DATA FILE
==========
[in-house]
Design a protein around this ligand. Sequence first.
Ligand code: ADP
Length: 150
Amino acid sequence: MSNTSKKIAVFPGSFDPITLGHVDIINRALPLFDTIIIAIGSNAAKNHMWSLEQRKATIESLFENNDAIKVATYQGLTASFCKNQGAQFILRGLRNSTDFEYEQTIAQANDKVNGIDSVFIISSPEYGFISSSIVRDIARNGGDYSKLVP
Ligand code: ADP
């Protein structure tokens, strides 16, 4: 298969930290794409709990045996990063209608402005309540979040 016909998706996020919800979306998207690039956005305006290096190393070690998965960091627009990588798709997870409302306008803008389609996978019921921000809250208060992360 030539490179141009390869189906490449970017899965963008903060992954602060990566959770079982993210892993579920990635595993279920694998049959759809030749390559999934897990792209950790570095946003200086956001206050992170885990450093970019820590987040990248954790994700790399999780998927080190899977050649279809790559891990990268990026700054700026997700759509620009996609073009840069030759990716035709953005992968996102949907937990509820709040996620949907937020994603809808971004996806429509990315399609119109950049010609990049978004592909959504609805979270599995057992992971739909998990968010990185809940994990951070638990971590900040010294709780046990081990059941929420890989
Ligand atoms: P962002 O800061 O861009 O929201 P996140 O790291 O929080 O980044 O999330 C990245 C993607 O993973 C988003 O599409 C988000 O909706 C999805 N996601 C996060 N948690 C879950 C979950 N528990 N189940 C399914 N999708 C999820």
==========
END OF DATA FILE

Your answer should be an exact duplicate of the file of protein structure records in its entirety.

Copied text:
[in-house]
Design a protein around this ligand. Sequence first.
Ligand code: ADP
Length: 150
Amino acid sequence: MSNTSKKIAVFPGSFDPITLGHVDIINRALPLFDTIIIAIGSNAAKNHMWSLEQRKATIESLFENNDAIKVATYQGLTASFCKNQGAQFILRGLRNSTDFEYEQTIAQANDKVNGIDSVFIISSPEYGFISSSIVRDIARNGGDYSKLVP
Ligand code: ADP
């Protein structure tokens, strides 16, 4: 298969930290794409709990045996990063209608402005309540979040 016909998706996020919800979306998207690039956005305006290096190393070690998965960091627009990588798709997870409302306008803008389609996978019921921000809250208060992360 030539490179141009390869189906490449970017899965963008903060992954602060990566959770079982993210892993579920990635595993279920694998049959759809030749390559999934897990792209950790570095946003200086956001206050992170885990450093970019820590987040990248954790994700790399999780998927080190899977050649279809790559891990990268990026700054700026997700759509620009996609073009840069030759990716035709953005992968996102949907937990509820709040996620949907937020994603809808971004996806429509990315399609119109950049010609990049978004592909959504609805979270599995057992992971739909998990968010990185809940994990951070638990971590900040010294709780046990081990059941929420890989
Ligand atoms: P962002 O800061 O861009 O929201 P996140 O790291 O929080 O980044 O999330 C990245 C993607 O993973 C988003 O599409 C988000 O909706 C999805 N996601 C996060 N948690 C879950 C979950 N528990 N189940 C399914 N999708 C999820």